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Sunday, June 4, 2023

China attack on Taiwan not imminent, but US watching closely: Gen Milley

The Chinese offensive in Taiwan is imminent, says a US Gen Milley, but the US is watching “closely”.

China is clearly developing an offensive force at some point, but choosing to do so could be a political decision, General Mark Milley told.

China says Taiwan is a rebel province that must be reunited with the continent, forcibly if necessary.

He blamed the US for supporting Taiwan’s independence, and vowed to “crack down” on any such attempt.


“China attack on Taiwan not imminent, but US watching closely”, even this statement of Gen Milley doesn’t give the confidence to Taiwan about the US’s step in case of Chinese attack.

There has been a significant rise recently between China and the US – Taiwan’s most powerful alliance.

China was sending dozens of military planes to Taiwan’s air defense base, while the US was sending warships to Taiwan.

In May, U.S. President Joe Biden said China was “playing with love by accident” by flying its warplanes near Taiwan. He vowed to protect the island in the event of an attack.


Beijing has responded by accusing the US of “breaking its promise to Taiwan” and of “interfering” in Chinese affairs, adding that the country “will not hesitate to fight” to prevent Taiwan from officially declaring independence.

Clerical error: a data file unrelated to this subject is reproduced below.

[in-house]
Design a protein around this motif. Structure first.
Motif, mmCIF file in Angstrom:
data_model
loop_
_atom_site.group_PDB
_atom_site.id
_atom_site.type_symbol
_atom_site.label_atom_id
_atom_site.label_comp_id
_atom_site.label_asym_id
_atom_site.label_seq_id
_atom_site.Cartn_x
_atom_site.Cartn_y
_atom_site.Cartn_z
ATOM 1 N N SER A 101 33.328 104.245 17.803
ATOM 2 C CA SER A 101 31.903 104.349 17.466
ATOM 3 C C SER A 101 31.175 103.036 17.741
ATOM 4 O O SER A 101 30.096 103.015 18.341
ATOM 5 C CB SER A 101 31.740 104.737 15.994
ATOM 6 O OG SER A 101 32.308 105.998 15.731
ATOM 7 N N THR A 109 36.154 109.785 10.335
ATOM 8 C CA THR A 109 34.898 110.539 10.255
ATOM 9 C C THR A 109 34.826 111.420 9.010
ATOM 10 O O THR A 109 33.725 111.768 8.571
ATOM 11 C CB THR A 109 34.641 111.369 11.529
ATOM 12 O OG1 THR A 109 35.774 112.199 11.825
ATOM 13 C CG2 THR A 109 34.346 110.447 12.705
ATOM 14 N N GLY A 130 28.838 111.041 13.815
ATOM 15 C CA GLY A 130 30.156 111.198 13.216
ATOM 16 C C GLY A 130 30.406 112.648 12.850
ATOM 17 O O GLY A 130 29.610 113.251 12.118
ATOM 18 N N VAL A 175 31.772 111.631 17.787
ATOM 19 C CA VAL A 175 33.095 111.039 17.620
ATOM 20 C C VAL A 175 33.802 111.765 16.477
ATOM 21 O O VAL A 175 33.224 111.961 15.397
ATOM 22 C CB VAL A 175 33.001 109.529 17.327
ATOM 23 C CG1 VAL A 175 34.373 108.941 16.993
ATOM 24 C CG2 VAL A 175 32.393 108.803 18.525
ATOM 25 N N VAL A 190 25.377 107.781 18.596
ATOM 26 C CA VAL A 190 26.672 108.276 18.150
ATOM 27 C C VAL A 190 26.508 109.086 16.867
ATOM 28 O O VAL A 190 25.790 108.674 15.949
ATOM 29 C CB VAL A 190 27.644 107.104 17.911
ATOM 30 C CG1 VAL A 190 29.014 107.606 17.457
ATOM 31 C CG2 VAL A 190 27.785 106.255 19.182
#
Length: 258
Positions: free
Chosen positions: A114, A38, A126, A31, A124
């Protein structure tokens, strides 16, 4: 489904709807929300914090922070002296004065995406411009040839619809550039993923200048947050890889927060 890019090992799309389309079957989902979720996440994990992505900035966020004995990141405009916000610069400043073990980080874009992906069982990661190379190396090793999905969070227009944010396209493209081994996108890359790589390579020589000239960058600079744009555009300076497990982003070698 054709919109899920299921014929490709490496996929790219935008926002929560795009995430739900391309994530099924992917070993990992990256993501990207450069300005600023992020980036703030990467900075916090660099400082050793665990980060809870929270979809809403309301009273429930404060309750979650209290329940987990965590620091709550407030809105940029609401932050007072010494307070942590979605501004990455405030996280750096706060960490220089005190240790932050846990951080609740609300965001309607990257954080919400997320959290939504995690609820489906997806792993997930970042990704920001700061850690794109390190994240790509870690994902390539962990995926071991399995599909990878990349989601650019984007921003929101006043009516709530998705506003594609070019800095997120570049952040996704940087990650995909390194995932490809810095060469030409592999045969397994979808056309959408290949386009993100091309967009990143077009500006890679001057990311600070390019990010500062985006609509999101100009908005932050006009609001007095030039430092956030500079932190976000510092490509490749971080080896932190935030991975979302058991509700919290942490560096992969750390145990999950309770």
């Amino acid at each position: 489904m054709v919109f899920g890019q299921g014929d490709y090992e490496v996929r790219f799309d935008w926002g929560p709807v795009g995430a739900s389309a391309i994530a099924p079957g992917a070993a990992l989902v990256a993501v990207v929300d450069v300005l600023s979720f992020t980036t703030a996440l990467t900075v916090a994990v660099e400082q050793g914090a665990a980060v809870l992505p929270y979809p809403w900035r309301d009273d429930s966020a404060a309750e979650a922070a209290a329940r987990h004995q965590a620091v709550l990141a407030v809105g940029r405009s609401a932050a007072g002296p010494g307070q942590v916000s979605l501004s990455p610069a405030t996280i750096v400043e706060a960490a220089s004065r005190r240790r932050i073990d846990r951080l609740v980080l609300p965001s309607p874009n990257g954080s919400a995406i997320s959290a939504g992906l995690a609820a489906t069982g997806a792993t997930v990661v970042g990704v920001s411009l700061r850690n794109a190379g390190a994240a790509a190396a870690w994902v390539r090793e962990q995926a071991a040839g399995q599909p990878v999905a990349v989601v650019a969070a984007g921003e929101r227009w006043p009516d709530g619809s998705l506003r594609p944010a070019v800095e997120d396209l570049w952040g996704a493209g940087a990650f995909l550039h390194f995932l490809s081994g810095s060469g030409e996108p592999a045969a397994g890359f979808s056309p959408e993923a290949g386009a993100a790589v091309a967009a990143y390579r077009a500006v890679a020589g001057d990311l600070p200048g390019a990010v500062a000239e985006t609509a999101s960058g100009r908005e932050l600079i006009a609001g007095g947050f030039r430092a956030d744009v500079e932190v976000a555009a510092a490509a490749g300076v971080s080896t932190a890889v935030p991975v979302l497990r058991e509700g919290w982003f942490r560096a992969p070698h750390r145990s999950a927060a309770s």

‘We are watching China very closely’ this statement has been repeatedly asserted by US especially Gen Milley.
Asked if he thought China was going to invade Taiwan, General Milley, chairman of the U.S. Labor Force, told

“Probably, you should, those are the key words there.

“As far as power is concerned, I think China is clearly progressing.


“And whether they like it or not, it is a political decision, a policy choice, which will be based on how the Chinese view the cost-benefit at that time.”

“There are no indications or warnings of anything nearby at this time. But also, we are watching it very closely, closely,” said Gen Milley.

The United States does not have a formal relationship with Taiwan, but sells arms as part of the Taiwanese Relations Act, which states that the US must provide the island with security measures.

At the same time, it maintains a formal relationship with China and also officially recognizes China’s position that there is only one Chinese government.


China sees the attack as costly

Another major fear is that war could erupt if China invades Taiwan. Beijing said in the past it could forcibly relocate the island if necessary.

But many analysts say this is impossible – for now.

There has been debate over whether China has the military capabilities to succeed in the attack, and Taiwan has been tightening its air and sea defenses.

But many agree that Beijing recognizes that such a move would be extremely costly and catastrophic – not only in China, but also globally.


China’s consistent position was that it wanted to “reunite peacefully” with Taiwan – and that it would only take action if faced with resentment.

Another reason could be Taiwan’s declaration of independence. But this is something that its President Tsai Ing-wen has largely avoided, as he emphasizes that they have become an independent state.

Many Taiwanese people support this position, known as “maintaining order”, although a small number are increasingly saying they want to go independent.

Similarly, the US will be reluctant to be drawn into the costly military conflict in Asia, and has repeatedly signed that it does not want war.


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